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Circular 120—Seismicity of the Rio Grande rift in New Mexico

By A. R. Sanford, A. J. Budding, J. P. Hoffman, O. S. Alptekin, C. A. Rush, and T. R. Toppozada, 1972, 19 pp., 7 tables, 8 figs., 2 sheets.

Text is written for the non-specialist as well as the seismologist. Engineers who must consider seismic risk in the design of structures, and officials responsible for public safety, will find this study informative. The Rio Grande rift zone is the most probable area of NM to have substantial seismic activity. The principal data used in establishing the seismicity of this region were:

(1) reports of strong earthquakes before 1960, (2) instrumental studies of moderate shocks after 1960, (3) analyses of microearthquakes recorded at Albuquerque, Socorro, and Las Cruces, and (4) analysis of fault scarps offsetting the Quaternary surfaces in the Socorro area. Historical reports indicate a moderately high seismic risk in a zone from Albuquerque to Socorro. In this region, particularly near Socorro, the largest shock in a 100-year period is likely to be magnitude 6. Instrumental data on earthquakes since 1960 show that activity is highest near Socorro and Las Cruces. However, estimated seismic risk from these data is low, with a maximum magnitude shock of about 5 each 100 years over the entire extent of the rift zone. Analyses of microearthquakes also lead to low estimates of seismic risk in the rift zone. Historical reports, spanning a century, are probably more reliable indicators of seismic risk than the relatively short-term instrumental data spanning only about a decade. The historical data indicate probability of a magnitude 6 earthquake each 100 years. Both categories of data indicate seismic risk is not uniform and its greatest in the following regions:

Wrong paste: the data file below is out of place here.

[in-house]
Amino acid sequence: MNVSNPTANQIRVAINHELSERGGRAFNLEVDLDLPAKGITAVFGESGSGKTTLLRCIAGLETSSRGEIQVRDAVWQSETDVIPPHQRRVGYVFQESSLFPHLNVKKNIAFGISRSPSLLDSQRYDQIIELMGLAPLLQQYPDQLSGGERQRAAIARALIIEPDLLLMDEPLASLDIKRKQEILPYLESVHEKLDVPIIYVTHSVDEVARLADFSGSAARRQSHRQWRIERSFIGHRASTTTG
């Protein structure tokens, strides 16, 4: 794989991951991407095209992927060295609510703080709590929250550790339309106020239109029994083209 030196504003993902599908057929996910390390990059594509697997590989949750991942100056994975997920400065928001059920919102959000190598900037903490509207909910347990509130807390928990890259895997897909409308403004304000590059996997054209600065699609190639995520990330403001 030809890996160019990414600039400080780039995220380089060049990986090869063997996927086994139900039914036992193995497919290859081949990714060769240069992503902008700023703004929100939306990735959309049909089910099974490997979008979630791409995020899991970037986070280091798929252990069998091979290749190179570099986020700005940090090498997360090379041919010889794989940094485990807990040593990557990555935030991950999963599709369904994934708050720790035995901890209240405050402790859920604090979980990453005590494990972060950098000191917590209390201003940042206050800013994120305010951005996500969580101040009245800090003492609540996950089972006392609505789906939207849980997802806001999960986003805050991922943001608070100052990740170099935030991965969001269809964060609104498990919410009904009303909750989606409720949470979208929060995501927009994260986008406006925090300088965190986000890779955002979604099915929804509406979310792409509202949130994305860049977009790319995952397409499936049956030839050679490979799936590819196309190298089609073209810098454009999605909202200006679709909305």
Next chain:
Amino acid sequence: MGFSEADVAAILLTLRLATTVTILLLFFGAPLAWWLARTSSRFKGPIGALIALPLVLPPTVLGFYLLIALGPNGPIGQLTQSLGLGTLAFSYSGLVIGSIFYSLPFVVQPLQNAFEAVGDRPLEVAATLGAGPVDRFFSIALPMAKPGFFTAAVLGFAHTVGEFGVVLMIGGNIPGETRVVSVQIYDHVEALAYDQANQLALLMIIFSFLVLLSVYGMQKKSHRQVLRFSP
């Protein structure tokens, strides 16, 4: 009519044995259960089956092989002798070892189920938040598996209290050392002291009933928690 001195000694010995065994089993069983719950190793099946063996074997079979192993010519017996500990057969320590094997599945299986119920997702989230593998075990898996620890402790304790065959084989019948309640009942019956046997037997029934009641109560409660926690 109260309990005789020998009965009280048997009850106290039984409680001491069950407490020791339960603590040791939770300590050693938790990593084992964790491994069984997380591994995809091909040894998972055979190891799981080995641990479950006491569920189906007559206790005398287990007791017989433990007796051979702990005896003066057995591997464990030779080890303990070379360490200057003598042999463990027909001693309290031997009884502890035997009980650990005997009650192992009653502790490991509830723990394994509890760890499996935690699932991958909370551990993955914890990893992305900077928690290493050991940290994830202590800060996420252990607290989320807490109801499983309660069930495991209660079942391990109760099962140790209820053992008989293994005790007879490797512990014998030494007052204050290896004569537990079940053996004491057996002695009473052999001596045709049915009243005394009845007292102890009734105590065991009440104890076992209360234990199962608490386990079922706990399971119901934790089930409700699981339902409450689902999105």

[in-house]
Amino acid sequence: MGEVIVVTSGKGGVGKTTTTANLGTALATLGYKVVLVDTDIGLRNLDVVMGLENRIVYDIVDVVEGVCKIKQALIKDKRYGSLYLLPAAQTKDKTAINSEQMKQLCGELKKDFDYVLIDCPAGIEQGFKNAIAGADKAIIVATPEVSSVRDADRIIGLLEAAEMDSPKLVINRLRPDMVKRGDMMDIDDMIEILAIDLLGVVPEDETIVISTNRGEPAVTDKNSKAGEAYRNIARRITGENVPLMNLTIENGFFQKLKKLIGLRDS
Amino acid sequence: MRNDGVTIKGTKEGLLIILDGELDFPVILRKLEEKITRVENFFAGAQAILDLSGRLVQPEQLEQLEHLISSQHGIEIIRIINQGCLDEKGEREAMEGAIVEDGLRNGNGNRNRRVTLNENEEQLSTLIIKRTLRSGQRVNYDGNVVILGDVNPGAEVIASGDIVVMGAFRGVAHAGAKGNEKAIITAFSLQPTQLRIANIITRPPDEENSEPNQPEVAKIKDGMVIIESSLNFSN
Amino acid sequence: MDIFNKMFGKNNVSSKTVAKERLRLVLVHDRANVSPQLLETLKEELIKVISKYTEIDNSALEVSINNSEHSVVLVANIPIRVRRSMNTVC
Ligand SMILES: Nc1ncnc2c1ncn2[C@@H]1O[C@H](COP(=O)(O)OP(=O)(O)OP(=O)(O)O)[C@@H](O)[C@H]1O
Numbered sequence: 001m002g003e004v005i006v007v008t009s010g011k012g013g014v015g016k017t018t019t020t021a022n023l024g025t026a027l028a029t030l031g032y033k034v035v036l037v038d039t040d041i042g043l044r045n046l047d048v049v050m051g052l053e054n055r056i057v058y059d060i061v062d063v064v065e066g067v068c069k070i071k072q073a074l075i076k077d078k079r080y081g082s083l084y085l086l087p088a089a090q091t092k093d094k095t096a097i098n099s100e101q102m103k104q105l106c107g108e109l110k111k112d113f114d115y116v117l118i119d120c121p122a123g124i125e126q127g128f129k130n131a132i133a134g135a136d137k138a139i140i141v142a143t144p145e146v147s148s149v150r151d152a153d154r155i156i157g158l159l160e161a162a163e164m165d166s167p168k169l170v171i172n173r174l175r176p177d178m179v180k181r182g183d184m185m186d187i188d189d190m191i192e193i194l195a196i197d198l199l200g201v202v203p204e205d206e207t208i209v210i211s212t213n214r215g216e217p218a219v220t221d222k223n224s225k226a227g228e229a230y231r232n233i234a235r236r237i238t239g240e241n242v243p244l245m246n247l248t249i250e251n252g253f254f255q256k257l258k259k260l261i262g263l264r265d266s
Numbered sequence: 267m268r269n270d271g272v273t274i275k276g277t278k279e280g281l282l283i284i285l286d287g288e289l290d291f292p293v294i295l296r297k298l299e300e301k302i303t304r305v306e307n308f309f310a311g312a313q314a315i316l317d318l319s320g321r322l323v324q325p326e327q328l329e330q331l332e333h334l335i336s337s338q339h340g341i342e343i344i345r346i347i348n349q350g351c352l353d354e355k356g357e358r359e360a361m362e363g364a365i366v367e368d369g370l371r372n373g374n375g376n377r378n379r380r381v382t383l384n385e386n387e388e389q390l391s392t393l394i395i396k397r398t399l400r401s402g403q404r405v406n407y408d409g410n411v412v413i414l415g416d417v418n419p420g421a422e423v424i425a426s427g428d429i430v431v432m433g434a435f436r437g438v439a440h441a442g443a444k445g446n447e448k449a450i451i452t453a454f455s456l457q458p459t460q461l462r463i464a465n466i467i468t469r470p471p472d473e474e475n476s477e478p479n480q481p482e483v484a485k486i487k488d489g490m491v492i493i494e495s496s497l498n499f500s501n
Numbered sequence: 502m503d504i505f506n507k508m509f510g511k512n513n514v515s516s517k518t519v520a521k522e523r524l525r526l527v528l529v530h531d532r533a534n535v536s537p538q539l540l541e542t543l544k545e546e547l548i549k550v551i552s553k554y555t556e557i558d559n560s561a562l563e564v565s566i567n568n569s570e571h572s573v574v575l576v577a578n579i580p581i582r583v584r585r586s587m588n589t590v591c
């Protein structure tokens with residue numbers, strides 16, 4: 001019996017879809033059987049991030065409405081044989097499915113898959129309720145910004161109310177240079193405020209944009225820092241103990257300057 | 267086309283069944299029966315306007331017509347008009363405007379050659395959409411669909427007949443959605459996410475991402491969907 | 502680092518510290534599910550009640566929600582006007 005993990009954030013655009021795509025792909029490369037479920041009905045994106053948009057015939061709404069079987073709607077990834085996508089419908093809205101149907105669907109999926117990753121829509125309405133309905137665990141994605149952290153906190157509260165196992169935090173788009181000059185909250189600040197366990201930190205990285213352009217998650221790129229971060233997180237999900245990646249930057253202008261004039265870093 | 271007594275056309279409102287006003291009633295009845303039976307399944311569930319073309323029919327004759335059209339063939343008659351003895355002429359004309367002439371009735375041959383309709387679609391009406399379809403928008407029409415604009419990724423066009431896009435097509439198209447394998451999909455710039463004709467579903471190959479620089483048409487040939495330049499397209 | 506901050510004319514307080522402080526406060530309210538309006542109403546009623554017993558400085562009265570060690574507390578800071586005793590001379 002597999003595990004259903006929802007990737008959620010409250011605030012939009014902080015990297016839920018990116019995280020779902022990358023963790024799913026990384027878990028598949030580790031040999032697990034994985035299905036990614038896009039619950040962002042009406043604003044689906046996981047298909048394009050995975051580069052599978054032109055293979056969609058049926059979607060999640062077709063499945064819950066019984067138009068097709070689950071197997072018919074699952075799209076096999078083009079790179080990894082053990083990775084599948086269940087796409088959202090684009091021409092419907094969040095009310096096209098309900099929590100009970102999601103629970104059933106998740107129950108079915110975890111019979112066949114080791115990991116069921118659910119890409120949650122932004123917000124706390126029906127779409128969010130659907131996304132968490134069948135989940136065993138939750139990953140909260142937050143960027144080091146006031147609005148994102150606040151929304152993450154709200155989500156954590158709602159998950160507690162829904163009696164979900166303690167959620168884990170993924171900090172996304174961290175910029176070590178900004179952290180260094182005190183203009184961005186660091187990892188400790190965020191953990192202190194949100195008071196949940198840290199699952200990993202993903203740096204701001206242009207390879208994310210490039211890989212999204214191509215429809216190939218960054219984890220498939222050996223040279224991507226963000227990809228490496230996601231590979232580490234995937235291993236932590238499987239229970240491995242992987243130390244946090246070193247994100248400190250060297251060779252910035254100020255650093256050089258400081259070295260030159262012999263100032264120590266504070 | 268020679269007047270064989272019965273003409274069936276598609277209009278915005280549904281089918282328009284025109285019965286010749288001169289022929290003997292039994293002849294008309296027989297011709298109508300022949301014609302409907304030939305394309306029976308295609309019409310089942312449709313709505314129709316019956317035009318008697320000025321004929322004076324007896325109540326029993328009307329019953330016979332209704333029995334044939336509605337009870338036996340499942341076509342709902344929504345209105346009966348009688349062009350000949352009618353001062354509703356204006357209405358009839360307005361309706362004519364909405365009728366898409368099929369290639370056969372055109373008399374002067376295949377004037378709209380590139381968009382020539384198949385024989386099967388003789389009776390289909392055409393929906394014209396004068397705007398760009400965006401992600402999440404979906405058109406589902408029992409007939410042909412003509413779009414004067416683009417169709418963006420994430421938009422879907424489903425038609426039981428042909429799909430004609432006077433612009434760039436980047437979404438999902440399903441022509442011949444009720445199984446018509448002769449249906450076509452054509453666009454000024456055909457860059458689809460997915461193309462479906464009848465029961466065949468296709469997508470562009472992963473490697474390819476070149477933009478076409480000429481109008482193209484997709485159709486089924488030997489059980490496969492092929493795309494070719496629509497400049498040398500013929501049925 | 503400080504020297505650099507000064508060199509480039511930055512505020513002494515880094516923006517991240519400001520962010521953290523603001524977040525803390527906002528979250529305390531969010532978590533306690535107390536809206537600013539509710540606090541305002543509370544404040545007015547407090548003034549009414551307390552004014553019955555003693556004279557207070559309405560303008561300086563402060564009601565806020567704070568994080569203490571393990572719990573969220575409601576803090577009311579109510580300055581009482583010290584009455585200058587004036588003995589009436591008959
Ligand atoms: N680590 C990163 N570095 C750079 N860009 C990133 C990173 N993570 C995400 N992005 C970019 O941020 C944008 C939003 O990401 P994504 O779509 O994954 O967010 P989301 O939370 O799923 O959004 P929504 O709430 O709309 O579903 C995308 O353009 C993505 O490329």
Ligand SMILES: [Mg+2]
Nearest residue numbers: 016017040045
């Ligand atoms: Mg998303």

(1) Socorro–Bernado, (2) Albuquerque–Belen, and (3) El Paso–Las Cruces. In the region of highest seismic risk, Socorro-Bernado, little direct correlation exists between the distribution of microearthquakes and faults. Analyses of data for faults offsetting recent geomorphic surfaces indicates seismic activity has been occurring in the Socorro-Bernado region for thousands of years. Estimates of seismicity based on the fault scarps cover a fairly wide range because of the uncertainty in the age of scarps. However, the most reasonable estimates for the age yield siemicity values comparable to those calculated from earthquake data. The authors have attempted to establish the degree of seismic risk along the Rio Grande valley in New Mexico. The results of the study are necessarily preliminary because the data used for estimates of seismic risk are quite limited, particularly instrumental studies of earthquakes and geologic investigations relevant to the seismicity problem. Undoubtedly as more of these types of information become available, some of the conclusions reached in this paper will need to be modified.

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